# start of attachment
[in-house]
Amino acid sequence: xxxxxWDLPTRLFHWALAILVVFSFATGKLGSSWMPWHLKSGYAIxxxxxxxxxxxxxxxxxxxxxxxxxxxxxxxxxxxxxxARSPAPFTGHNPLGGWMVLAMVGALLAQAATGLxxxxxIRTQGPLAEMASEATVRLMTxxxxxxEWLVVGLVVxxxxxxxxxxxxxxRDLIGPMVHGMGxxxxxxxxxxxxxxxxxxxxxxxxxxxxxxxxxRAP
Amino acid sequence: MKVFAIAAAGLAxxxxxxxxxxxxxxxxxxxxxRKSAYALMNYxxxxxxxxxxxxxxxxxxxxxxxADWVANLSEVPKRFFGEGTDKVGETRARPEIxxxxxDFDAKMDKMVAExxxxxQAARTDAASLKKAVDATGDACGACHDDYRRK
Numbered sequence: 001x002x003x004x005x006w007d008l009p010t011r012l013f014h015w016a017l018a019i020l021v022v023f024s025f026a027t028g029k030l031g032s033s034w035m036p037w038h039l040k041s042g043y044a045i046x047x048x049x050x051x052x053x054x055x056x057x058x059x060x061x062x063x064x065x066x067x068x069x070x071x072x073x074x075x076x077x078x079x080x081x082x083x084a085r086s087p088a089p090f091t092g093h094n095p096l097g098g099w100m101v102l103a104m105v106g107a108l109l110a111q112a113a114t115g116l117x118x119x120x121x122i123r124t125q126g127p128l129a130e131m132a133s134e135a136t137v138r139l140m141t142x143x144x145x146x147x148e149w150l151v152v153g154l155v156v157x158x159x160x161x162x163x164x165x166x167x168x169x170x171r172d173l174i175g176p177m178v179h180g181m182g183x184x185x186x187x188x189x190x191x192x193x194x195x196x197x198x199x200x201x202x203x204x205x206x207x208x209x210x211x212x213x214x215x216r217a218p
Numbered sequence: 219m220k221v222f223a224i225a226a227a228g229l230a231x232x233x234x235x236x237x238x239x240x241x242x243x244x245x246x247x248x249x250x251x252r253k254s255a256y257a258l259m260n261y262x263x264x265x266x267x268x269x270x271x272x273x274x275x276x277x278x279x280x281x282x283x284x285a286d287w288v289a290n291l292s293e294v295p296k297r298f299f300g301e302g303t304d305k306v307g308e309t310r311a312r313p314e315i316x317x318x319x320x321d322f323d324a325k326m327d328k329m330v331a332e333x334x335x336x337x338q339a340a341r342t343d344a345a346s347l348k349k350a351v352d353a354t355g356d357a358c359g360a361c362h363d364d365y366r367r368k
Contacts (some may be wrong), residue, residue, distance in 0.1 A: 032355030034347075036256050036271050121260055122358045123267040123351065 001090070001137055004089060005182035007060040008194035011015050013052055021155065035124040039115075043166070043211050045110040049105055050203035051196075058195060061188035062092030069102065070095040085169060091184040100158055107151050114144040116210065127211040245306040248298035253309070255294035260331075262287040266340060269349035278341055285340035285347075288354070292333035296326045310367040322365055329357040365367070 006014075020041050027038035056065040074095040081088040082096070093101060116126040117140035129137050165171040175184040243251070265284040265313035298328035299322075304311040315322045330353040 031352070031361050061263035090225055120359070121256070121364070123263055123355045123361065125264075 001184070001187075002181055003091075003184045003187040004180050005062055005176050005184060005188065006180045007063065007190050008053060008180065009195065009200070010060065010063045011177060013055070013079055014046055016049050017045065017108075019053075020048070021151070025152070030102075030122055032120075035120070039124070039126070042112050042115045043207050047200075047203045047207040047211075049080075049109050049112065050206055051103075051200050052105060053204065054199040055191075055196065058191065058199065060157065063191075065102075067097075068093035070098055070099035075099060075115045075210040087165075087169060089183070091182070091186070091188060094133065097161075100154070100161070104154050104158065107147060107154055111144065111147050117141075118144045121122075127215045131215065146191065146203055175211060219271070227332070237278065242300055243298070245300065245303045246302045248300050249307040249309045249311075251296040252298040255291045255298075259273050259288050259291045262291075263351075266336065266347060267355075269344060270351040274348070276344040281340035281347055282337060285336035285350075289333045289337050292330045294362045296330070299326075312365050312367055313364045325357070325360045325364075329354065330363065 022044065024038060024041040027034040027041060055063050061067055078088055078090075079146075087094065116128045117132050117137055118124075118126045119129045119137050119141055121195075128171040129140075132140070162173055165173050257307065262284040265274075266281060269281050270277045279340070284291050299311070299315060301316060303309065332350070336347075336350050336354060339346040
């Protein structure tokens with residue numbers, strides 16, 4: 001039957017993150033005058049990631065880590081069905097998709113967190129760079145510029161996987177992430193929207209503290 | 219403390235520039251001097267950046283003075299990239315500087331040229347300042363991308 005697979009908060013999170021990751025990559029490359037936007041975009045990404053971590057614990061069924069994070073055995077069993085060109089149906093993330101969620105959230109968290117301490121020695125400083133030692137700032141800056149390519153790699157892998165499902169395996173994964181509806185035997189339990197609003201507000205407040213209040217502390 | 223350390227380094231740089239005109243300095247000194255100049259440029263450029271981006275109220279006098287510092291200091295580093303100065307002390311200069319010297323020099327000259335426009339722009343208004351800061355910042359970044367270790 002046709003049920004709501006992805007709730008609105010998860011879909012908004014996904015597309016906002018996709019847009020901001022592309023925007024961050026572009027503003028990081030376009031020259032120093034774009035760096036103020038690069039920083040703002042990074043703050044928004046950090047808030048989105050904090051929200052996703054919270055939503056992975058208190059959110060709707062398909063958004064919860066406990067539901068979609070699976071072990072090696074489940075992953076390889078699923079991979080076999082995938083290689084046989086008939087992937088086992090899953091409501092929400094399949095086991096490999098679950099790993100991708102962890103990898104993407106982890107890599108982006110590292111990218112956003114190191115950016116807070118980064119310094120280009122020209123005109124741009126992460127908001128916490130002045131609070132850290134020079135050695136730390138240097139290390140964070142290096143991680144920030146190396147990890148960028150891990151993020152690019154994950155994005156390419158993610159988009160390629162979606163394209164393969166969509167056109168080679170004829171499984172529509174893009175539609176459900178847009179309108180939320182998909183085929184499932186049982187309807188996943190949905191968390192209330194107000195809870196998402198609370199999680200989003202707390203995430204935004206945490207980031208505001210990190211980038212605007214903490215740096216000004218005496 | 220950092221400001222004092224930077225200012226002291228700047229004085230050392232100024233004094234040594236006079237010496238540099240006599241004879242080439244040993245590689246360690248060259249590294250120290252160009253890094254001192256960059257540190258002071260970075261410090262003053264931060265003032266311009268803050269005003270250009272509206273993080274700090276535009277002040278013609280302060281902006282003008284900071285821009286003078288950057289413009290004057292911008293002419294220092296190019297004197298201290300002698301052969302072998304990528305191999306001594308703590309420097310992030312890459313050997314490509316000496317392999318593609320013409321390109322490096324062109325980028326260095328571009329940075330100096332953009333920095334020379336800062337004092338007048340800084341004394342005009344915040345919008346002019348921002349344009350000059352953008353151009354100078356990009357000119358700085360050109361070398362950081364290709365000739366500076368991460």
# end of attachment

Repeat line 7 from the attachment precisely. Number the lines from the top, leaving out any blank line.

């Protein structure tokens with residue numbers, strides 16, 4: 001039957017993150033005058049990631065880590081069905097998709113967190129760079145510029161996987177992430193929207209503290 | 219403390235520039251001097267950046283003075299990239315500087331040229347300042363991308 005697979009908060013999170021990751025990559029490359037936007041975009045990404053971590057614990061069924069994070073055995077069993085060109089149906093993330101969620105959230109968290117301490121020695125400083133030692137700032141800056149390519153790699157892998165499902169395996173994964181509806185035997189339990197609003201507000205407040213209040217502390 | 223350390227380094231740089239005109243300095247000194255100049259440029263450029271981006275109220279006098287510092291200091295580093303100065307002390311200069319010297323020099327000259335426009339722009343208004351800061355910042359970044367270790 002046709003049920004709501006992805007709730008609105010998860011879909012908004014996904015597309016906002018996709019847009020901001022592309023925007024961050026572009027503003028990081030376009031020259032120093034774009035760096036103020038690069039920083040703002042990074043703050044928004046950090047808030048989105050904090051929200052996703054919270055939503056992975058208190059959110060709707062398909063958004064919860066406990067539901068979609070699976071072990072090696074489940075992953076390889078699923079991979080076999082995938083290689084046989086008939087992937088086992090899953091409501092929400094399949095086991096490999098679950099790993100991708102962890103990898104993407106982890107890599108982006110590292111990218112956003114190191115950016116807070118980064119310094120280009122020209123005109124741009126992460127908001128916490130002045131609070132850290134020079135050695136730390138240097139290390140964070142290096143991680144920030146190396147990890148960028150891990151993020152690019154994950155994005156390419158993610159988009160390629162979606163394209164393969166969509167056109168080679170004829171499984172529509174893009175539609176459900178847009179309108180939320182998909183085929184499932186049982187309807188996943190949905191968390192209330194107000195809870196998402198609370199999680200989003202707390203995430204935004206945490207980031208505001210990190211980038212605007214903490215740096216000004218005496 | 220950092221400001222004092224930077225200012226002291228700047229004085230050392232100024233004094234040594236006079237010496238540099240006599241004879242080439244040993245590689246360690248060259249590294250120290252160009253890094254001192256960059257540190258002071260970075261410090262003053264931060265003032266311009268803050269005003270250009272509206273993080274700090276535009277002040278013609280302060281902006282003008284900071285821009286003078288950057289413009290004057292911008293002419294220092296190019297004197298201290300002698301052969302072998304990528305191999306001594308703590309420097310992030312890459313050997314490509316000496317392999318593609320013409321390109322490096324062109325980028326260095328571009329940075330100096332953009333920095334020379336800062337004092338007048340800084341004394342005009344915040345919008346002019348921002349344009350000059352953008353151009354100078356990009357000119358700085360050109361070398362950081364290709365000739366500076368991460």